Now, I don’t want to give the impression that this tidal wave of grief happened all at once, and was done with me. In fact, it happened in fits and starts, most intensely over that first winter in this house, but continuing on and off for more than a year, more than two. And it became so clearly a part of me that I didn’t really need this specific safe space any more. It was odd to feel that drowning/choking wave come on while I stirred the ashes of an evening’s fire. Or in the garden as I pruned the roses. Or in my car, in the Safeway parking lot, as I caught a piece of music with long-forgotten associations. The sensations came and went, I did not fight them, and each time I found myself just a little bit lighter, a little bit stronger. Not strong in the old way of concrete and steel, but strong in the way of those amazing tensile fabrics, which can flap in the breeze but support the weight of a tank.

It’s a strength I realized could be very useful in the years ahead. This house gave that to me. California gave that to me. And for that alone, I am very grateful.

Of course, I wouldn’t want to give the impression that the years in this house were all about some internal spin cycle. There was much good work done here, and fun, too: the healings of friends in physical and emotional distress, the care of others who would have to let go, experiments at what “community” might mean in a changing world, the constant flow of guests from all over the continent, each with their own search and their own contributions. There were many rough times, but many blessings as well.

Of course it would have to change.

When I first came to this house, a million light-years away, I had no idea what to expect. I was too busy sifting through the past. I was too busy struggling with the present. Nine seasons later, when we were stunned with sudden eviction–that California ubiquity known as “Owner Move In”–I had put the past to rest. I still struggled with the practical demands of the present, but, for the first time in a very long time, I began to see the vaguest glimmer of the future.

I sold or gave away most of what I had accumulated, and prepared for more change.

Robert says, some months afterward, when I no longer have my sunset calendar to tell me the season, “Now, don’t take this in the wrong way.” He is about to speak with the liberty of a friend who has known me a long time. He is the only person in California who remembers my thirtieth birthday. He is one of the few people left on the planet who remembers my thirtieth birthday. “I know you’ve never been happy here, but I don’t think you’ve ever given California a chance. All that time you spent isolated up in the hills, living out that het fantasy, you never made the effort to connect.”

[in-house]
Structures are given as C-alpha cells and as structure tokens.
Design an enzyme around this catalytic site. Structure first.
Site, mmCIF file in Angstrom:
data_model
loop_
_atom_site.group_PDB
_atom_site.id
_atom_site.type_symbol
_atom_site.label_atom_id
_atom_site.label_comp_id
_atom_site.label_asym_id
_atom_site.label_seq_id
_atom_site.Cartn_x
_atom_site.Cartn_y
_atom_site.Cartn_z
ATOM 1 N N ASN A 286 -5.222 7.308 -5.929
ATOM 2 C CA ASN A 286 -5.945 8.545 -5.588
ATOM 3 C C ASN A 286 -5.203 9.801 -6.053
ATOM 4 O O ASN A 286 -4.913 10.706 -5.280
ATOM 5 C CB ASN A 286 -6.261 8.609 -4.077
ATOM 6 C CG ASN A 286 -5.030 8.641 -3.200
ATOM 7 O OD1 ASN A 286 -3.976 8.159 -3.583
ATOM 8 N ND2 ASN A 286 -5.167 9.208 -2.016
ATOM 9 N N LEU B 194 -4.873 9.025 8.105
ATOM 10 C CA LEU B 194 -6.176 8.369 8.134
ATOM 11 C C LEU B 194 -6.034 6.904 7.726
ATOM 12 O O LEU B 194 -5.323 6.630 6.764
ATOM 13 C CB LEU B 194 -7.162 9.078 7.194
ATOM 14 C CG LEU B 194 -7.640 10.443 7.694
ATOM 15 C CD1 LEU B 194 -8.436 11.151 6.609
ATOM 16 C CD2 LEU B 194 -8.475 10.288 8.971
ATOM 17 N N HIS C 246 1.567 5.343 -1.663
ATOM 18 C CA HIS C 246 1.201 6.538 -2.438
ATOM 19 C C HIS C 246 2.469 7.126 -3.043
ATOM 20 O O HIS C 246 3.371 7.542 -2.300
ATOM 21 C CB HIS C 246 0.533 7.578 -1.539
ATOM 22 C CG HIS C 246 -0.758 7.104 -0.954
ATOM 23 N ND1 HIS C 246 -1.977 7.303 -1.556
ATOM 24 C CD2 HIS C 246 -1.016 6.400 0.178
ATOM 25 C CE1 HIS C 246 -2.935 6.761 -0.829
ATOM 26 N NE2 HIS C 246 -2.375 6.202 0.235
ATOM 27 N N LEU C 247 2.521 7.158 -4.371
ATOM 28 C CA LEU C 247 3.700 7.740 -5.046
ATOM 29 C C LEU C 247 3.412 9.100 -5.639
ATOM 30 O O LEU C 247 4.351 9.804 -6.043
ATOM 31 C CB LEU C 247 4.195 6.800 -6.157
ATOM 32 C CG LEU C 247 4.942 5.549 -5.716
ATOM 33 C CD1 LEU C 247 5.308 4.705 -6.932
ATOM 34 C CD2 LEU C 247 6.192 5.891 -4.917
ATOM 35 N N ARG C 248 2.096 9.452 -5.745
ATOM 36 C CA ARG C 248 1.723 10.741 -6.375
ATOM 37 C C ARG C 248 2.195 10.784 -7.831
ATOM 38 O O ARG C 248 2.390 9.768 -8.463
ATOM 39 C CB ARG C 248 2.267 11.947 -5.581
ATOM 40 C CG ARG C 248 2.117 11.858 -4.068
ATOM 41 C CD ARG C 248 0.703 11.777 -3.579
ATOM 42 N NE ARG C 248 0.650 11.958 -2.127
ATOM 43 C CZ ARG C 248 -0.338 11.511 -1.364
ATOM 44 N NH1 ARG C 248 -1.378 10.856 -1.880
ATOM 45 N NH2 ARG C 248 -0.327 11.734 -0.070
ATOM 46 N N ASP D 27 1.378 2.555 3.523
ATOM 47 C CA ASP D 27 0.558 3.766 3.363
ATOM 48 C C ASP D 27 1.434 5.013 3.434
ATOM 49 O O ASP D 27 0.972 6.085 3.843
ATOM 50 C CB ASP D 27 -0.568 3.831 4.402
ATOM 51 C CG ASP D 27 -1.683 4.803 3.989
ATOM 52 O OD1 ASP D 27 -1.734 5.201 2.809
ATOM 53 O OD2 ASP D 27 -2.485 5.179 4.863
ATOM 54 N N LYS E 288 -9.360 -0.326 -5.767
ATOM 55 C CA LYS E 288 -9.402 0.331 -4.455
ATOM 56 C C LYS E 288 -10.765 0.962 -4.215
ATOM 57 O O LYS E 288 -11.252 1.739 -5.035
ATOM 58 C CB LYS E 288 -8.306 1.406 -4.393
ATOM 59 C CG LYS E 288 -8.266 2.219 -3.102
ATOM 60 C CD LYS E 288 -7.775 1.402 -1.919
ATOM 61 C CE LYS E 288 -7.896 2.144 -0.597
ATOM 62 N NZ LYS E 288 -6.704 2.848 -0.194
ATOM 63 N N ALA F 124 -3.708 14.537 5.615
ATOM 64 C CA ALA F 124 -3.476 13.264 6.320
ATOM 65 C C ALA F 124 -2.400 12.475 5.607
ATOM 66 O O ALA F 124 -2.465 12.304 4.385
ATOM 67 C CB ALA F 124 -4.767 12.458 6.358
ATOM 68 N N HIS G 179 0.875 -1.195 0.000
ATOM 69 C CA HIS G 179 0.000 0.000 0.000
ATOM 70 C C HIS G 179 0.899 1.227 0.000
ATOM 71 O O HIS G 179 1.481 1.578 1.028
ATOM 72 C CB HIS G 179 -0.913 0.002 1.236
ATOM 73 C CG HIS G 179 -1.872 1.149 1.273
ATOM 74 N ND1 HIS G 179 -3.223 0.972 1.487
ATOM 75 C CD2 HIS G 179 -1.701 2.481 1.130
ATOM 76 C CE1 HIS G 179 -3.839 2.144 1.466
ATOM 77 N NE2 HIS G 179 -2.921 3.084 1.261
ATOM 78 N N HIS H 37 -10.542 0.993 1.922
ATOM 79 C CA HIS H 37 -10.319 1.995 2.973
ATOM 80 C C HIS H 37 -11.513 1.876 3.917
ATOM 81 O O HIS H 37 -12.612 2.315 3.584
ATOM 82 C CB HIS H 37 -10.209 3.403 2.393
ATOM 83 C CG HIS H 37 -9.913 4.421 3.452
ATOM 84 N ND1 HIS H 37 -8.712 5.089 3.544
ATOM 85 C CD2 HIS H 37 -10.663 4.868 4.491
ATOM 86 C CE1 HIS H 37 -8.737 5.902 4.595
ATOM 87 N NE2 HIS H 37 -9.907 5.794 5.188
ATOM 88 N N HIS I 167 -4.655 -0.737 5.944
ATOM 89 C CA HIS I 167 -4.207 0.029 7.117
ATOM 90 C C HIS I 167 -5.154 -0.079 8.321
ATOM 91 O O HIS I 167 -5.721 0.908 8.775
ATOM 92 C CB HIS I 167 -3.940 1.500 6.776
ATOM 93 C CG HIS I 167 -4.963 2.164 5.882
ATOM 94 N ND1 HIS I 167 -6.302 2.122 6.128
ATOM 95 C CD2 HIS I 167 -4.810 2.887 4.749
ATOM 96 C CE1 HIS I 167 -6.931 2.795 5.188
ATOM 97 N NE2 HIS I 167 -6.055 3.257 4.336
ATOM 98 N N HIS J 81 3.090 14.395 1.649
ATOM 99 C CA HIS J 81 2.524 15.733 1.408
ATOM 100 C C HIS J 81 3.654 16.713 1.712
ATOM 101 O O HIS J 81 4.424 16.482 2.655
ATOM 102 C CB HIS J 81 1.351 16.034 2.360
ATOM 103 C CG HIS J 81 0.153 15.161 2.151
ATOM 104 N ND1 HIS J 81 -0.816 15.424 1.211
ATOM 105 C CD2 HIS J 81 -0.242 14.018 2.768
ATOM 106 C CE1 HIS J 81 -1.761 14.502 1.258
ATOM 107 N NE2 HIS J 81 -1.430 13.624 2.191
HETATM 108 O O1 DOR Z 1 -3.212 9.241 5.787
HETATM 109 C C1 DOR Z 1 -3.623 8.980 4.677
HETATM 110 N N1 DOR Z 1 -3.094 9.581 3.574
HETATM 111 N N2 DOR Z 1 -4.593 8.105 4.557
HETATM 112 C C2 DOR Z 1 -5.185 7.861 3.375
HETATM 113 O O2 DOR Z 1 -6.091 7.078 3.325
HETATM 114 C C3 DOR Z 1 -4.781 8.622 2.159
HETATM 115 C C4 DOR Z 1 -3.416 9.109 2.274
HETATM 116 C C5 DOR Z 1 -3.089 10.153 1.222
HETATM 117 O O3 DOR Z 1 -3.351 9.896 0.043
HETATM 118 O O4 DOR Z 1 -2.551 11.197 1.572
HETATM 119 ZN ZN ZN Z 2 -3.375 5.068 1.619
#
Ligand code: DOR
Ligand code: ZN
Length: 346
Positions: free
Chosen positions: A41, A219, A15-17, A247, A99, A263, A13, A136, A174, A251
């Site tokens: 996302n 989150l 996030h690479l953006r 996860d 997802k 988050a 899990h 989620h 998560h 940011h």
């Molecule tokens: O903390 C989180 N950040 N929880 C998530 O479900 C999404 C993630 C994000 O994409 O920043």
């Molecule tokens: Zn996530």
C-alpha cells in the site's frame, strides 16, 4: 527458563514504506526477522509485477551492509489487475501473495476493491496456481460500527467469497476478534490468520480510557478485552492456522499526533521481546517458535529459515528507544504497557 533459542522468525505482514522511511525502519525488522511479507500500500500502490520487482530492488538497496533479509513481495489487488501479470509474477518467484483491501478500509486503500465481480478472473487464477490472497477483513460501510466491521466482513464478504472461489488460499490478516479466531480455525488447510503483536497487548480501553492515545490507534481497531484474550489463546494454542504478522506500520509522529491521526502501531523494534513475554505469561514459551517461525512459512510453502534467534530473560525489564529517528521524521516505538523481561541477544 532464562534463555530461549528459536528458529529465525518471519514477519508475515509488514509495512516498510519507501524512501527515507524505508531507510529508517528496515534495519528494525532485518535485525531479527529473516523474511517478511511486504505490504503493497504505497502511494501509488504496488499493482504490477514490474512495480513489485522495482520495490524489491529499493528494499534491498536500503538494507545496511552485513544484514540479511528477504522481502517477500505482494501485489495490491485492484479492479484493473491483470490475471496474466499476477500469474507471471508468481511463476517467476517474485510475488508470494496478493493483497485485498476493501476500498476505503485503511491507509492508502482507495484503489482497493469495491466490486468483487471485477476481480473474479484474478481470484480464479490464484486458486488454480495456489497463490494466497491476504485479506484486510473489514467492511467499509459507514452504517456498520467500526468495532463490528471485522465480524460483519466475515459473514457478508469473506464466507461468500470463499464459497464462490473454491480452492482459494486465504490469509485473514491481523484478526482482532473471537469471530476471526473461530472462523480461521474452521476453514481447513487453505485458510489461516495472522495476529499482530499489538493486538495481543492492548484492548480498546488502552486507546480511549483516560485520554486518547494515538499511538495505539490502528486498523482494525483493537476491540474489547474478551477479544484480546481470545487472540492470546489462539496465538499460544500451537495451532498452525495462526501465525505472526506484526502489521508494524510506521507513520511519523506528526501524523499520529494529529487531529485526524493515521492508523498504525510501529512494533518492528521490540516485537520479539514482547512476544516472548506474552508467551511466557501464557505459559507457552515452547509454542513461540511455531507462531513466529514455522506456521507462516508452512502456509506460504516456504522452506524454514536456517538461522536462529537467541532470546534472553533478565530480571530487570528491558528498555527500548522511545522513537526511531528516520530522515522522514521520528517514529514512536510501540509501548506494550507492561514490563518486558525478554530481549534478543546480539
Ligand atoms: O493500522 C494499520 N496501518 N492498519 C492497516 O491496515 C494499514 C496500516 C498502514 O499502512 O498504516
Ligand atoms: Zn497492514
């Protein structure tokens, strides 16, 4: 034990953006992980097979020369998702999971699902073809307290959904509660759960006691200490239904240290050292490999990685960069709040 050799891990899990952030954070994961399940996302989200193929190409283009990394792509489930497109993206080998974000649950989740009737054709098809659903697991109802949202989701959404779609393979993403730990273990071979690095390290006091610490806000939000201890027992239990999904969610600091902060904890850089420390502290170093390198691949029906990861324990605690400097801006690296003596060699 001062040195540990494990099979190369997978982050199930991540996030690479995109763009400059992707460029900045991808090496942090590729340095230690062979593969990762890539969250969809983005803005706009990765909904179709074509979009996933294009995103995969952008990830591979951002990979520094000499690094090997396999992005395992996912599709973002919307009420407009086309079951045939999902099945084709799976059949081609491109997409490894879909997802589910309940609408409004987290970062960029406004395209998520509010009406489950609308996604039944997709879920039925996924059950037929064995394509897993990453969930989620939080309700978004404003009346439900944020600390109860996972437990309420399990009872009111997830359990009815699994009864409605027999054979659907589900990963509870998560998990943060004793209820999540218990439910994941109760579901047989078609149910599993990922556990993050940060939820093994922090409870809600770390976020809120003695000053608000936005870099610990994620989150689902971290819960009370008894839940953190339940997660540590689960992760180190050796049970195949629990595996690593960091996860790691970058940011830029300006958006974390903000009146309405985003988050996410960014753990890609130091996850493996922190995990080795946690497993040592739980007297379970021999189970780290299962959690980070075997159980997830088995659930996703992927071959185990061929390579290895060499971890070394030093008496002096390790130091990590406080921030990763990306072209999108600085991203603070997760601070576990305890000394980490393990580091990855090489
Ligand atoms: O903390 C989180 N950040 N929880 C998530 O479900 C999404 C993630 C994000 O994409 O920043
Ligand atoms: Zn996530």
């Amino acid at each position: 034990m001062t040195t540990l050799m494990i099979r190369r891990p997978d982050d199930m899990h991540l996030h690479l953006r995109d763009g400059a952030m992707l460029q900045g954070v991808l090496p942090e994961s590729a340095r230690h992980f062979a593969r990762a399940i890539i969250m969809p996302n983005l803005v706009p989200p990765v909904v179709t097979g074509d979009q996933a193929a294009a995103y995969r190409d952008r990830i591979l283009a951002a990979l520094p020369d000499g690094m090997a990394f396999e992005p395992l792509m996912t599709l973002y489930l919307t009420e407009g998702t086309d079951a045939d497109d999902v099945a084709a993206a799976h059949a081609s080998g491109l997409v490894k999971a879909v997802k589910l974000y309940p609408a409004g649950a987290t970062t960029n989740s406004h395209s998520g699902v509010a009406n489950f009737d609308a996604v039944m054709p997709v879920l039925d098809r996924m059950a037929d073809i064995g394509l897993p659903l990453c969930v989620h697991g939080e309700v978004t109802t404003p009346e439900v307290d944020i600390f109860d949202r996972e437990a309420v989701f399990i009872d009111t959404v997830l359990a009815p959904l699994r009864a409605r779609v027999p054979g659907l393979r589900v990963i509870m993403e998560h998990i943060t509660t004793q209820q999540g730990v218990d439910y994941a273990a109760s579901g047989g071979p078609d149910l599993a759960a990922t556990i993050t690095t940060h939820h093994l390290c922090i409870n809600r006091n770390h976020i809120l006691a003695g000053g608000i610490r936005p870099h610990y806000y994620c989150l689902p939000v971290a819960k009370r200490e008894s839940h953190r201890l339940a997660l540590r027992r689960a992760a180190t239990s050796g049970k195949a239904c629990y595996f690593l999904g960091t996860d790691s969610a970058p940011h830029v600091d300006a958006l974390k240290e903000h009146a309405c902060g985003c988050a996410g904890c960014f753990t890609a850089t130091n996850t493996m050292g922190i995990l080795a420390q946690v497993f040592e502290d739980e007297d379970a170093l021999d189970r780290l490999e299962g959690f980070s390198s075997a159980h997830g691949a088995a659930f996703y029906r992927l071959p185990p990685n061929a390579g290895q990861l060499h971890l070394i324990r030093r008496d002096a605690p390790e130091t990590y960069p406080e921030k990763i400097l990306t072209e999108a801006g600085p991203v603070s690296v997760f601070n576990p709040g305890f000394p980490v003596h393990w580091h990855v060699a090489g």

I listen patiently. For old friends, you can cut a lot of slack. There’s an irony that the native New Yorker, who used to so avidly defend his city, should hear the native Californian turn the tables. I do not contradict him; partly because he’s right. And then I think, wow, what a New York way of looking at the world.

When I lived in California, which will someday seem like a fond but distant memory, I learned to open, to listen, to receive. And I got exactly what I needed.

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Discussion

One thought on “Leaving California: 3) Grief

  1. Stunning and so makes me remember the time I spent with you in the bay area…those 10pm runs to Edible Complex to pick up coffee and then sit near the bay smoking cigs and getting nervous! That was a long time ago, huh? What knocked me down to the floor was the language around change and movement. I share that Latcho Drom impulse with you. Maybe it is not an impulse at all but instead the way we have been constituted as we move through the Earth School.

    Posted by JoAnne F. Henry | April 20, 2012, 1:28 am